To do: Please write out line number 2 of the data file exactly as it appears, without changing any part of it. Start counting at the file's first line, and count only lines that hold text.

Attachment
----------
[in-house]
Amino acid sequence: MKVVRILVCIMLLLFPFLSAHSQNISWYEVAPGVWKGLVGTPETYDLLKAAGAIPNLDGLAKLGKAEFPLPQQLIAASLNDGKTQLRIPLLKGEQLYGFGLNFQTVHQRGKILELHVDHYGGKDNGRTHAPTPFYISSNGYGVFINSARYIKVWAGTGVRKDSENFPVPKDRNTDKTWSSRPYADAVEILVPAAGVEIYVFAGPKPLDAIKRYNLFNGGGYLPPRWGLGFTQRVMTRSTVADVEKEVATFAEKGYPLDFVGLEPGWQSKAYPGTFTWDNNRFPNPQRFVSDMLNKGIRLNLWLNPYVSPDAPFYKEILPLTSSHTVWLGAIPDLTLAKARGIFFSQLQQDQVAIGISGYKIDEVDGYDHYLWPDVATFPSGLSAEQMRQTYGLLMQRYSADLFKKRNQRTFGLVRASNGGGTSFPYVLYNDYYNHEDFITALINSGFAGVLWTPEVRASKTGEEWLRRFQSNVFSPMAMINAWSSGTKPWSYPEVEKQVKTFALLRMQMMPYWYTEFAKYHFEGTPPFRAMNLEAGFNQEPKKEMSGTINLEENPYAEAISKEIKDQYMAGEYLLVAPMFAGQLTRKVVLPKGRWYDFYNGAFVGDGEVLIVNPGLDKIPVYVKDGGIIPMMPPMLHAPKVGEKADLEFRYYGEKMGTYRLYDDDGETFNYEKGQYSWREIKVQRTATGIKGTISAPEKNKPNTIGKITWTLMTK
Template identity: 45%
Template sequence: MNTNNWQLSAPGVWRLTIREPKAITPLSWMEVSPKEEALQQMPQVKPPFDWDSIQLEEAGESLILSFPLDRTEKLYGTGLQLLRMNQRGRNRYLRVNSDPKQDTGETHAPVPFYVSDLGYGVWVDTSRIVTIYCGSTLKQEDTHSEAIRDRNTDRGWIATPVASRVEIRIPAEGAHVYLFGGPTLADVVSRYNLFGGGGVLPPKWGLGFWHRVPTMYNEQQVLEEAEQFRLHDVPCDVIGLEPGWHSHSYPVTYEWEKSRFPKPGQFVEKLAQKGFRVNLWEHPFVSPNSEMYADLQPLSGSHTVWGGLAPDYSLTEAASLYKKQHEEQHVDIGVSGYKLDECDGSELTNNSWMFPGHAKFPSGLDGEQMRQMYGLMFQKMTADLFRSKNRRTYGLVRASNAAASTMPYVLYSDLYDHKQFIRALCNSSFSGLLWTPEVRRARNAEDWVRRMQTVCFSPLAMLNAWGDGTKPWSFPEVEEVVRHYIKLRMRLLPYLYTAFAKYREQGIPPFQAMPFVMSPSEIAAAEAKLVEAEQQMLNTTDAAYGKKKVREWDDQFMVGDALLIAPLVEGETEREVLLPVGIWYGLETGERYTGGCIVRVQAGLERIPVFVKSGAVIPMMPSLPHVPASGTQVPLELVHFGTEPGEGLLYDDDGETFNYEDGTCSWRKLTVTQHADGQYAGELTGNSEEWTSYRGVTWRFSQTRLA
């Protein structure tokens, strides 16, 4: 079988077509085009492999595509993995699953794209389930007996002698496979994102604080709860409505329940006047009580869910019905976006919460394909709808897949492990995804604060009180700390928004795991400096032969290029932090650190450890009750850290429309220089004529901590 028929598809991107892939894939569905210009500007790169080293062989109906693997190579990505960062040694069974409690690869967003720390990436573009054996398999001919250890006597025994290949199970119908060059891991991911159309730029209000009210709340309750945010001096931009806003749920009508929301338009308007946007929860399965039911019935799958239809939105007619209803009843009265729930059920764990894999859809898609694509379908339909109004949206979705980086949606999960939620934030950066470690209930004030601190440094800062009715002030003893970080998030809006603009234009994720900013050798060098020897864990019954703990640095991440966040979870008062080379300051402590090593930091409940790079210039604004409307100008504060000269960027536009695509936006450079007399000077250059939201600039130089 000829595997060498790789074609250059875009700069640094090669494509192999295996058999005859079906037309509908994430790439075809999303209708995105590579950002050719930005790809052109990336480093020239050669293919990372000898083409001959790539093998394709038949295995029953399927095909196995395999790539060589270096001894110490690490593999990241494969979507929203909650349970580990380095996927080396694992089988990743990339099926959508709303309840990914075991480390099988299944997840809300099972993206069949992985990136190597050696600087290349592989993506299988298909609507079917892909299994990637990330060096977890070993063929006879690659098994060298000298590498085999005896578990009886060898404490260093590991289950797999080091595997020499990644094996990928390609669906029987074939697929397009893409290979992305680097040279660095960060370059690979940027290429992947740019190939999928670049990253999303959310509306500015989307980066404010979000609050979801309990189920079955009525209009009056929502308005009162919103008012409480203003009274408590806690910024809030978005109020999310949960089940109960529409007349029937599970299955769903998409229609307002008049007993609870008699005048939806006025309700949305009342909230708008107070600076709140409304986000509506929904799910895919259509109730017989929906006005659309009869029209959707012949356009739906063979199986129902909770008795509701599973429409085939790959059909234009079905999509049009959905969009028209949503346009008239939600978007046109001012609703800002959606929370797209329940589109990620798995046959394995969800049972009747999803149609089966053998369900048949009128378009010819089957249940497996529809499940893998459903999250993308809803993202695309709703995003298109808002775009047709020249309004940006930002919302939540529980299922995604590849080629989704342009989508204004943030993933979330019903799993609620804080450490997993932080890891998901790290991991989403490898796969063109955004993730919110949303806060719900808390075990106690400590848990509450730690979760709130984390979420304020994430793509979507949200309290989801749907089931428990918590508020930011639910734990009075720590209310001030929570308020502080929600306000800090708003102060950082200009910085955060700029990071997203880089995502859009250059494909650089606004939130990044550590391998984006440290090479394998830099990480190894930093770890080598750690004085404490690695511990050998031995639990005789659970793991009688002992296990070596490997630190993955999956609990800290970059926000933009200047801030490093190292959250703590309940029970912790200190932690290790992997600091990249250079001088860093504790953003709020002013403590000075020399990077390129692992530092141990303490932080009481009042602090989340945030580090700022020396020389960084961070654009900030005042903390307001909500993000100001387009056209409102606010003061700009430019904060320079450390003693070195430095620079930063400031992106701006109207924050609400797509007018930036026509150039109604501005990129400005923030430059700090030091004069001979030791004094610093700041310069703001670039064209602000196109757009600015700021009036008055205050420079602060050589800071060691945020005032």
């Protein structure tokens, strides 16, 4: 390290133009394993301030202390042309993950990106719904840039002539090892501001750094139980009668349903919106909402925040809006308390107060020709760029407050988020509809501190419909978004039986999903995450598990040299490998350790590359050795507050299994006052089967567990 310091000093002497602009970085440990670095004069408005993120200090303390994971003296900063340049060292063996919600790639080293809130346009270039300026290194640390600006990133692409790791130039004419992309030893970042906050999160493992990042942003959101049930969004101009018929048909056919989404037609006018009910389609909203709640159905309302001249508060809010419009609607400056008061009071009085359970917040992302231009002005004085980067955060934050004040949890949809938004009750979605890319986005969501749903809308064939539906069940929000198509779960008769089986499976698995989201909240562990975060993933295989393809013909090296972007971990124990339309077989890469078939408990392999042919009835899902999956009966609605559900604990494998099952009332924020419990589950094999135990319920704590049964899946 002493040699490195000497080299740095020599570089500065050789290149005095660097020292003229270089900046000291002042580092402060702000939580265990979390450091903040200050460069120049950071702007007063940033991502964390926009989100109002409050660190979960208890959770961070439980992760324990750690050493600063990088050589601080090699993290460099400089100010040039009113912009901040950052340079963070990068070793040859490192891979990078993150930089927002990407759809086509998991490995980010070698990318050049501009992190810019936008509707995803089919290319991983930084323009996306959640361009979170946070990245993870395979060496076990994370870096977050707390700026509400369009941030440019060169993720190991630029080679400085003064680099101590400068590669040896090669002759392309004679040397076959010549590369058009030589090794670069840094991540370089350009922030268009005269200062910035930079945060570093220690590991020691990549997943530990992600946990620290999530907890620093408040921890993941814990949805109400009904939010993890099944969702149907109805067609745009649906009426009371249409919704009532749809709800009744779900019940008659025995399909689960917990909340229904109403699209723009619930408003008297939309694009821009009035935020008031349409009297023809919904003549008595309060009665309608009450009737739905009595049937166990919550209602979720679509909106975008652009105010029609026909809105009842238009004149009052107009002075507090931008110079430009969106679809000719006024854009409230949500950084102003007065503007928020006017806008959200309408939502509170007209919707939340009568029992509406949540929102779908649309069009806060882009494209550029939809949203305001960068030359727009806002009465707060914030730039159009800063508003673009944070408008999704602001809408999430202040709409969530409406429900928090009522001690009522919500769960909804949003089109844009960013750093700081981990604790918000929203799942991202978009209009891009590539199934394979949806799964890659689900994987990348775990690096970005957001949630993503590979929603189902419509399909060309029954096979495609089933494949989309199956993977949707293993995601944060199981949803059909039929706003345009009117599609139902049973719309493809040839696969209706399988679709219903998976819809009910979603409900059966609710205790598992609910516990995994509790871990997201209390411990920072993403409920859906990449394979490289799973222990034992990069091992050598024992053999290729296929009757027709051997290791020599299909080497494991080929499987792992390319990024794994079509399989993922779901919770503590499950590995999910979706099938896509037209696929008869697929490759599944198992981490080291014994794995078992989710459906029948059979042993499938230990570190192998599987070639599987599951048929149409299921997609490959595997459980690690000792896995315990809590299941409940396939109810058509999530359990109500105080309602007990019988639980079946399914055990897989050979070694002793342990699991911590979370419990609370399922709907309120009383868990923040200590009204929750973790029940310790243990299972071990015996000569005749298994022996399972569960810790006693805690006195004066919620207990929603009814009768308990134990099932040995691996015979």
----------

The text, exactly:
Amino acid sequence: MKVVRILVCIMLLLFPFLSAHSQNISWYEVAPGVWKGLVGTPETYDLLKAAGAIPNLDGLAKLGKAEFPLPQQLIAASLNDGKTQLRIPLLKGEQLYGFGLNFQTVHQRGKILELHVDHYGGKDNGRTHAPTPFYISSNGYGVFINSARYIKVWAGTGVRKDSENFPVPKDRNTDKTWSSRPYADAVEILVPAAGVEIYVFAGPKPLDAIKRYNLFNGGGYLPPRWGLGFTQRVMTRSTVADVEKEVATFAEKGYPLDFVGLEPGWQSKAYPGTFTWDNNRFPNPQRFVSDMLNKGIRLNLWLNPYVSPDAPFYKEILPLTSSHTVWLGAIPDLTLAKARGIFFSQLQQDQVAIGISGYKIDEVDGYDHYLWPDVATFPSGLSAEQMRQTYGLLMQRYSADLFKKRNQRTFGLVRASNGGGTSFPYVLYNDYYNHEDFITALINSGFAGVLWTPEVRASKTGEEWLRRFQSNVFSPMAMINAWSSGTKPWSYPEVEKQVKTFALLRMQMMPYWYTEFAKYHFEGTPPFRAMNLEAGFNQEPKKEMSGTINLEENPYAEAISKEIKDQYMAGEYLLVAPMFAGQLTRKVVLPKGRWYDFYNGAFVGDGEVLIVNPGLDKIPVYVKDGGIIPMMPPMLHAPKVGEKADLEFRYYGEKMGTYRLYDDDGETFNYEKGQYSWREIKVQRTATGIKGTISAPEKNKPNTIGKITWTLMTK